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Swiss Taxation Part1

The term 'offshore' is not used in Swiss legislation or in describing company forms. However, there are a number of specialised forms of the basic Stock Corporation [Corp] which offer tax-privileged treatment equivalent to that obtainable in offshore jurisdictions.

The EU Savings Tax Directive has applied in Switzerland as from 1st July, 2005, through a separate agreement reached between the country and the EU, under which Switzerland is levying a withholding tax (initially at 15%) to returns on savings paid to the citizens of EU Member States, and which in various other ways is less onerous that the original Directive.

Although bank interest and dividends are caught by the Directive, payments made by what are called 'residual agents' (including for instance Trusts) are apparently excluded in the Swiss agreement, which is not the case in Member States. And of course the Directive applies only to individuals who receive payments; companies and other organisational forms do not fall under its aegis.

Switzerland Forms of Tax-Privileged Operation

Tax-privileged operations may take place within the following forms, all of which are variants of the basic Stock Corporation:

      ·        Holding Company  (Part 1)

·         Domiciliary Company  (Part 1)

·         Auxiliary Company  (Part 2)

·         Service Company  (Part 2)

·         Mixed Company  (Part 2)

Switzerland Tax Treatment of Offshore Operations

The general principles of Swiss corporate taxation apply to offshore entities except as indicated below.

·       Holding Companies:

For federal tax purposes a company is defined as a holding company if it holds either a minimum of 20% of the share capital of another corporate entity or if the value of its shareholding in the other corporate entity has a market value of at least 2 million Swiss Francs (known as a "participating shareholding").

The Swiss holding company was a particular target of the OECD's 'unfair tax competition' initiative, and in 2004 an agreement was reached between Switzerland and the OECD whereby information about holding companies would be shared by Switzerland in circumstances where there was prima facie evidence of fraud.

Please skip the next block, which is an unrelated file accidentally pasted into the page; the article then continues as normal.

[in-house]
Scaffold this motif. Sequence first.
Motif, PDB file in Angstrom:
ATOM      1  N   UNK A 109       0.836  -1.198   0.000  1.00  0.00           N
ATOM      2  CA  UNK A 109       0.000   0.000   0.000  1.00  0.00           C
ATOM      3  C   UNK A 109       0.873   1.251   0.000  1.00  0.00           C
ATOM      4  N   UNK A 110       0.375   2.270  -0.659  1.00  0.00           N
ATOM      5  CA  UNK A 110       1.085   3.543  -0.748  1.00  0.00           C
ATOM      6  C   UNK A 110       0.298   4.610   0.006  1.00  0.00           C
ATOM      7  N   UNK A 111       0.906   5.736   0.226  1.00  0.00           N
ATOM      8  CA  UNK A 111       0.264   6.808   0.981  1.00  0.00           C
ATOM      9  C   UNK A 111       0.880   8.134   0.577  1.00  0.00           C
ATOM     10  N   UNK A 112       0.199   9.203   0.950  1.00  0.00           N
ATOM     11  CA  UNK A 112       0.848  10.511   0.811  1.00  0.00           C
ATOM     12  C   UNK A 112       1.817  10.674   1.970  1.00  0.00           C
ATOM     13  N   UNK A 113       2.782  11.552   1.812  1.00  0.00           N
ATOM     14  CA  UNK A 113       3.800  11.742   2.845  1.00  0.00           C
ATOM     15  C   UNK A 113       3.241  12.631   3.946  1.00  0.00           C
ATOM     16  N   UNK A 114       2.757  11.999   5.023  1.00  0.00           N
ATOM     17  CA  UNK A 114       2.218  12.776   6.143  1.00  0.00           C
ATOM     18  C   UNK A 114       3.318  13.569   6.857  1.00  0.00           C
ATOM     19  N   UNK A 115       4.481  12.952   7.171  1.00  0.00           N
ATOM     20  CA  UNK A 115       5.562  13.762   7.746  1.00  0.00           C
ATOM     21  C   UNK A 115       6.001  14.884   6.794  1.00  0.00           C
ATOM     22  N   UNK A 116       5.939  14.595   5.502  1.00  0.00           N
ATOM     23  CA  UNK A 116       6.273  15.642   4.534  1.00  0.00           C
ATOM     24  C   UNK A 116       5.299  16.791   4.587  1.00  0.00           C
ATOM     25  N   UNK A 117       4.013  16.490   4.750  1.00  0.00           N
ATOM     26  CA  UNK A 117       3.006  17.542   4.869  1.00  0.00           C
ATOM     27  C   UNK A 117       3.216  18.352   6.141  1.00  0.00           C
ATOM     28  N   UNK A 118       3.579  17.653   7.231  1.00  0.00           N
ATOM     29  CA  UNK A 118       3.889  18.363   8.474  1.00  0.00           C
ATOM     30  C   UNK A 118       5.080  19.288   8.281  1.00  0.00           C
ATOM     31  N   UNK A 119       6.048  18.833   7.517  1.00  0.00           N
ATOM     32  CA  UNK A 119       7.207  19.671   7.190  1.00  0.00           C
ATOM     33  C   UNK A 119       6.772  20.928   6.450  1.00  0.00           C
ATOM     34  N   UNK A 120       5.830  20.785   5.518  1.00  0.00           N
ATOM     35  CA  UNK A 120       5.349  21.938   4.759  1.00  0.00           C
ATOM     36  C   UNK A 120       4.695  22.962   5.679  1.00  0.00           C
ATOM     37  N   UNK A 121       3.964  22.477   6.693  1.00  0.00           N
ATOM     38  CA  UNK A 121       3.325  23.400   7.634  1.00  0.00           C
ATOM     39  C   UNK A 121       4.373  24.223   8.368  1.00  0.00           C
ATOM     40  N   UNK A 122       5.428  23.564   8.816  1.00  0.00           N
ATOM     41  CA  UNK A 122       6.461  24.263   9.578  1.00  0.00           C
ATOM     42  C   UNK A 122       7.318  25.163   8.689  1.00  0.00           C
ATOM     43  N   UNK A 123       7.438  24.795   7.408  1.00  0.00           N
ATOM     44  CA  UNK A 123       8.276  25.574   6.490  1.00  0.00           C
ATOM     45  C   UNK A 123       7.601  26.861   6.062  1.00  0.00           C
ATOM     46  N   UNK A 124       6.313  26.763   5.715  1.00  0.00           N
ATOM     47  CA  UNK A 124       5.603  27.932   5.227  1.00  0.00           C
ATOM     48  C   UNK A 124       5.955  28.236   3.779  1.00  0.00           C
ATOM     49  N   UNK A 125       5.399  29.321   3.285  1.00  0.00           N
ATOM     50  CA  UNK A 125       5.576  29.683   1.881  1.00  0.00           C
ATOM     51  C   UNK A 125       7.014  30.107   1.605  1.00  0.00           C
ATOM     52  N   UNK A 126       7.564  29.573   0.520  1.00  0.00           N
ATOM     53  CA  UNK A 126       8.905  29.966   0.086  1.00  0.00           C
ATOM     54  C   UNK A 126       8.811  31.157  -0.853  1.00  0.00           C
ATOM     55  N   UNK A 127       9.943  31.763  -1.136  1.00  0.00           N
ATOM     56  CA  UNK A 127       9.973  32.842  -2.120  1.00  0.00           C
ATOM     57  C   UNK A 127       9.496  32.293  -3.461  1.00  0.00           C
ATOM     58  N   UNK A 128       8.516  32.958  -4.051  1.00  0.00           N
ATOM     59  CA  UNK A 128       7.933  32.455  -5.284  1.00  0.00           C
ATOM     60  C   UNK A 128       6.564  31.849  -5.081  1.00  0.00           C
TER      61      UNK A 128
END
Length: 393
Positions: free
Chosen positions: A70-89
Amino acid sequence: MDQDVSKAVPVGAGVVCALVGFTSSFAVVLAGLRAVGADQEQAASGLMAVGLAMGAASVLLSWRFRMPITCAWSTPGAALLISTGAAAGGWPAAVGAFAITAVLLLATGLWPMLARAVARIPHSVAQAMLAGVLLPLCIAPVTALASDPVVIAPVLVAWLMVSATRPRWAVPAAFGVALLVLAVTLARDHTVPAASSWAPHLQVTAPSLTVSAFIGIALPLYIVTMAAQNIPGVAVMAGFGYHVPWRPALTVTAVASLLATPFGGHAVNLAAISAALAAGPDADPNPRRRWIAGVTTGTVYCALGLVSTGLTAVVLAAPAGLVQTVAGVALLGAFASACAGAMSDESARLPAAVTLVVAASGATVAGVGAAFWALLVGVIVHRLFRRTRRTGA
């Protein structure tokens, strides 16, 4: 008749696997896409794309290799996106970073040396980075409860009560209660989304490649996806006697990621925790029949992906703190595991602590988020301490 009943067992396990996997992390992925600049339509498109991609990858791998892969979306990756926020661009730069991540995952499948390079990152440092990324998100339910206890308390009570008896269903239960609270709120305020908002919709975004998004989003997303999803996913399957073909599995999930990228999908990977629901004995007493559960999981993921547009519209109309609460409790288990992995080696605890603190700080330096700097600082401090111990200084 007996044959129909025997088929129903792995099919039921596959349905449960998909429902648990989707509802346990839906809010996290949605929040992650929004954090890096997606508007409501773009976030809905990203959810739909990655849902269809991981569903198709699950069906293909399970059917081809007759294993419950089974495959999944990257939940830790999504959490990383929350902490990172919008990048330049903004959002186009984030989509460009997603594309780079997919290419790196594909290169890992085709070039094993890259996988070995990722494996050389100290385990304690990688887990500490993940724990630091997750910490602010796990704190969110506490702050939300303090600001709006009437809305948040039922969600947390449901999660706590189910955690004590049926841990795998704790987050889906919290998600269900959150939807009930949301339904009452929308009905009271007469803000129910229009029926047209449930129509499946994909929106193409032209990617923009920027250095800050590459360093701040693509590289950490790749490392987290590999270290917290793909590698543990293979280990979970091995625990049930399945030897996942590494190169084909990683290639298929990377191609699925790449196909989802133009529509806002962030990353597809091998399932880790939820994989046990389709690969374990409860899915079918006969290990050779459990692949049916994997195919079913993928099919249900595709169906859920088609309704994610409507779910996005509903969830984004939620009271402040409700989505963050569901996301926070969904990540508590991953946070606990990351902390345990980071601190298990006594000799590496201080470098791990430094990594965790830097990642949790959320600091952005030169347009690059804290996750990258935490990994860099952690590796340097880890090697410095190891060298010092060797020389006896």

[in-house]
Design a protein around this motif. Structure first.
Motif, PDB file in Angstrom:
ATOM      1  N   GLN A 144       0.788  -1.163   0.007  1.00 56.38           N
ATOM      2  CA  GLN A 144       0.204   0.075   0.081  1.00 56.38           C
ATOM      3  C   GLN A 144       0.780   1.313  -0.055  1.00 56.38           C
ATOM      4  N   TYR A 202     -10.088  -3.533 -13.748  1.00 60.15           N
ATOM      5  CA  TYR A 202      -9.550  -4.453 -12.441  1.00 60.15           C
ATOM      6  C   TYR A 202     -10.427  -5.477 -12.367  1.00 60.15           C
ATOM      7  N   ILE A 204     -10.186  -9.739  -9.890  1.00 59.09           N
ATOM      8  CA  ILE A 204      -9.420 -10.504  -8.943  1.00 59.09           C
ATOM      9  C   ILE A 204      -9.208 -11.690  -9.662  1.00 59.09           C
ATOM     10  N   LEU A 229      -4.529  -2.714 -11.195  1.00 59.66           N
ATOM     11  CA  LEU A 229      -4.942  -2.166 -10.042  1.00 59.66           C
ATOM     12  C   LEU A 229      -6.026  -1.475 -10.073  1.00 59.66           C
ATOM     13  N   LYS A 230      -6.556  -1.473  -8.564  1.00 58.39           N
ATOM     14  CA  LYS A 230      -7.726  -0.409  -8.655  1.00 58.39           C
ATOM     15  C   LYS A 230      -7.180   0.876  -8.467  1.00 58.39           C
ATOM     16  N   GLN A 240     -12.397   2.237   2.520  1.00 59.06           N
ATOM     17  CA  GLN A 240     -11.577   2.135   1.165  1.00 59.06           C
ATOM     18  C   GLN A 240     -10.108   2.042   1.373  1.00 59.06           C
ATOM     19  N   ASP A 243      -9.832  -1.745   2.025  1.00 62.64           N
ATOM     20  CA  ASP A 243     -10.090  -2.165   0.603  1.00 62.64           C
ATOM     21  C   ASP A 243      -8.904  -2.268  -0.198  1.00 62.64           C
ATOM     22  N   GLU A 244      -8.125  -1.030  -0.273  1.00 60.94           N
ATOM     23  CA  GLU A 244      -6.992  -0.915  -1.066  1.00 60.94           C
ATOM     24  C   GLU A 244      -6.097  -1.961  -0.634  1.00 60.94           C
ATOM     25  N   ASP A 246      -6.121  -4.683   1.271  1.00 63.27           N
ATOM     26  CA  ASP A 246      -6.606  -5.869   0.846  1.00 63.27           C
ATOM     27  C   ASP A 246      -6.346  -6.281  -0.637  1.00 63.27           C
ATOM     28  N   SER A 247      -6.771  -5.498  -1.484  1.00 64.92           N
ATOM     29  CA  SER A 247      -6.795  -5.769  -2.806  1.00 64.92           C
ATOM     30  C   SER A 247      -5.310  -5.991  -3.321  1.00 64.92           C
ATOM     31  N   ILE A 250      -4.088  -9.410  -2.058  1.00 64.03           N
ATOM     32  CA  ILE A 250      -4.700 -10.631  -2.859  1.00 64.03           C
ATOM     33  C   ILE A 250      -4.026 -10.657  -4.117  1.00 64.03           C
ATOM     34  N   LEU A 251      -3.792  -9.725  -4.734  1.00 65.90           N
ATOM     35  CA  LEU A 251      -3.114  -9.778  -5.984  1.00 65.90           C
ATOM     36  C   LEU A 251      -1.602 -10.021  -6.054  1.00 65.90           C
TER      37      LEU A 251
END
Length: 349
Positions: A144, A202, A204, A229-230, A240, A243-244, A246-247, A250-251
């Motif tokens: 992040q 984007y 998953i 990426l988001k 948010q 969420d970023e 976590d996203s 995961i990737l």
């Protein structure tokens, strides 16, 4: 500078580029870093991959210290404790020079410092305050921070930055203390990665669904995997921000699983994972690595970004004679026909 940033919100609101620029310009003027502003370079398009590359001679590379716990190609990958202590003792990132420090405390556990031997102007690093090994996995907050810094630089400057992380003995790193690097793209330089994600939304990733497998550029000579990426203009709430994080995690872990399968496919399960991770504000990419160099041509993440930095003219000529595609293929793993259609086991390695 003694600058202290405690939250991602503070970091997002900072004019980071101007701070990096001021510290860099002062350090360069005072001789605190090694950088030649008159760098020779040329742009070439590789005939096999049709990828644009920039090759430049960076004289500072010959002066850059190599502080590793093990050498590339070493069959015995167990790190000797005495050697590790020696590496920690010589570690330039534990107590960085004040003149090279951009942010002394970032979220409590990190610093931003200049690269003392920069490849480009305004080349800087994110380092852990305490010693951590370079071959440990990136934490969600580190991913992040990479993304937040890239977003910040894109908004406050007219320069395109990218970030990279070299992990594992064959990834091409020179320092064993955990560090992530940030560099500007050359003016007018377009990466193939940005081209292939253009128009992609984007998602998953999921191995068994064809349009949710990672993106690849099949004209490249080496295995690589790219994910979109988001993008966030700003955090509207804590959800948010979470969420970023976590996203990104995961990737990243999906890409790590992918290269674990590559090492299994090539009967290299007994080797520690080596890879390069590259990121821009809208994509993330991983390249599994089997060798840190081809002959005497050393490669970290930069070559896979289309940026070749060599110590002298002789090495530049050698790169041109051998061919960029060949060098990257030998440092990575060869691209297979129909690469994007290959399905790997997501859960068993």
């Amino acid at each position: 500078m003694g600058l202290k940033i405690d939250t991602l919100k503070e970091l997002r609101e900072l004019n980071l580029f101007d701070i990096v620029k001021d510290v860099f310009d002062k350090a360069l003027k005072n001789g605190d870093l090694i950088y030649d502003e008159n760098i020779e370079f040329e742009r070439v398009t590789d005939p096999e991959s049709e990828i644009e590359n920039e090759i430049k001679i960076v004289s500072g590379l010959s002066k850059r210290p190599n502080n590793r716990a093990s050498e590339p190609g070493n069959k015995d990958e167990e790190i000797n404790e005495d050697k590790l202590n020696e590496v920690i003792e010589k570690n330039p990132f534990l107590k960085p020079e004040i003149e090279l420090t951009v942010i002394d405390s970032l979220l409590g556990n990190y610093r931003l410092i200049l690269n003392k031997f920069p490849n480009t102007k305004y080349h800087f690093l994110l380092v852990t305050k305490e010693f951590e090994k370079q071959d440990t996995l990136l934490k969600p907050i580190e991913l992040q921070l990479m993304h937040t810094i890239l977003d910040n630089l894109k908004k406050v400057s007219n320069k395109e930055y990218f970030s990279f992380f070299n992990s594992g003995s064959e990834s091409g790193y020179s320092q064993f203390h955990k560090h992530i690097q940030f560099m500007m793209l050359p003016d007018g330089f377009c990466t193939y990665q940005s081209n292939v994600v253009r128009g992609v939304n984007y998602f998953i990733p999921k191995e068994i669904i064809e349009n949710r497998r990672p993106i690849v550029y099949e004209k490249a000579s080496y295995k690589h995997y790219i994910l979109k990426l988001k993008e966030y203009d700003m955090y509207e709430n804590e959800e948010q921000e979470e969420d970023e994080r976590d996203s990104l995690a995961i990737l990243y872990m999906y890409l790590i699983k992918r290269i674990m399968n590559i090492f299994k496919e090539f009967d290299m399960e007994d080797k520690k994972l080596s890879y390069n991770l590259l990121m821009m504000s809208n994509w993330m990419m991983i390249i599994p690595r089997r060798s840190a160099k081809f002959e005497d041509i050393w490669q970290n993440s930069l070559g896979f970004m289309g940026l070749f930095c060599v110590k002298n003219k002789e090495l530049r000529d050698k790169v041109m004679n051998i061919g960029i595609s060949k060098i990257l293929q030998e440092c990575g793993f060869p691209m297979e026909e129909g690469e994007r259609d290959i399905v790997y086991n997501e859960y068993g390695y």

Although the definition of a holding company varies among cantons a corporate entity is a holding company for cantonal corporate income tax purposes so long as it either

§        derives at least 51%-66% of its income from dividends remitted by the subsidiary; or

§      holds at least 51%-66% of the subsidiary's shares.

Generally speaking foreign dividends remitted to a Swiss company and any capital gains realized by a Swiss company on the sale of shares in a foreign entity in which it holds a stake are taxable in Switzerland unless they are remitted to a company which by Swiss fiscal law is defined as a Swiss "holding" company.

Swiss holding companies enjoy the following relief from corporate income tax: 

§        At federal level a holding company pays a reduced level of corporate income tax on any dividend income received from the subsidiary or the company in which it holds a "participating shareholding". The reduction in the level of corporate income tax payable depends on the ratio of earnings from "participating shareholding" to total profit generated.

§        At cantonal or municipal level no corporate income tax is payable on income represented by dividends so long the corporate entity meets the cantonal definition of a holding company.

Furthermore holding companies which hold a minimum of 20% of the share capital of a subsidiary pay reduced corporation tax on any capital gains made on the sale of that shareholding so long as

§        the shareholding was held for at least one year and was purchased after 1st January 1998; or

§        the shareholding was purchased before 1st January 1997 and will be disposed of after 1st January 2007.

Fribourg is currently considered the best canton in which to locate a holding company for corporate income tax purposes.

  •   Domiciliary Companies:

    Domiciliary companies are companies that:

    §        are both foreign-controlled and managed from abroad;

    §        have a registered office in Switzerland (i.e. at a lawyer's premises);

    §        have neither a physical presence nor staff in Switzerland;

    §       carry out most if not all of their business abroad;

    §         receive only foreign source income.

    Domiciliary companies enjoy the following relief from corporate income tax:

     §         At a federal level there are no tax advantages in terms of corporate income tax payable on income and gains;

    §        At a cantonal and municipal level the corporate income tax rate may be substantially reduced or even reduced to zero; taxes levied by the cantons are calculated according to a formula which relates the company's paid up share capital and reserves to profit.

    Follow up on Part 2